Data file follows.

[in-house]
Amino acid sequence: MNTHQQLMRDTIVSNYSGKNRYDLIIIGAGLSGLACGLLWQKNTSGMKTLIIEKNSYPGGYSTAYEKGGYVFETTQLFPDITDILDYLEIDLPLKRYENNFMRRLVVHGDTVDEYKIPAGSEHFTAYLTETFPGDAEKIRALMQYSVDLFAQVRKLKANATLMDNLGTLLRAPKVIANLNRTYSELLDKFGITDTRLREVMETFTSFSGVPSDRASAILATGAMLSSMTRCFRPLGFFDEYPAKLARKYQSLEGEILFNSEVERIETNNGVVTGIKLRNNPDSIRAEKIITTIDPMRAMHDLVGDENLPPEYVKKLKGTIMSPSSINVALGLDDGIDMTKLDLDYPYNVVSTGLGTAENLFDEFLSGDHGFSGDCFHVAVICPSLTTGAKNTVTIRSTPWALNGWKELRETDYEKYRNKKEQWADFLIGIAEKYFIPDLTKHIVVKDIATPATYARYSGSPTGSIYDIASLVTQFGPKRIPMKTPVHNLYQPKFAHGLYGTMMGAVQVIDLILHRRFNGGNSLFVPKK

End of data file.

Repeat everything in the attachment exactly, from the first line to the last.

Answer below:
[in-house]
Amino acid sequence: MNTHQQLMRDTIVSNYSGKNRYDLIIIGAGLSGLACGLLWQKNTSGMKTLIIEKNSYPGGYSTAYEKGGYVFETTQLFPDITDILDYLEIDLPLKRYENNFMRRLVVHGDTVDEYKIPAGSEHFTAYLTETFPGDAEKIRALMQYSVDLFAQVRKLKANATLMDNLGTLLRAPKVIANLNRTYSELLDKFGITDTRLREVMETFTSFSGVPSDRASAILATGAMLSSMTRCFRPLGFFDEYPAKLARKYQSLEGEILFNSEVERIETNNGVVTGIKLRNNPDSIRAEKIITTIDPMRAMHDLVGDENLPPEYVKKLKGTIMSPSSINVALGLDDGIDMTKLDLDYPYNVVSTGLGTAENLFDEFLSGDHGFSGDCFHVAVICPSLTTGAKNTVTIRSTPWALNGWKELRETDYEKYRNKKEQWADFLIGIAEKYFIPDLTKHIVVKDIATPATYARYSGSPTGSIYDIASLVTQFGPKRIPMKTPVHNLYQPKFAHGLYGTMMGAVQVIDLILHRRFNGGNSLFVPKK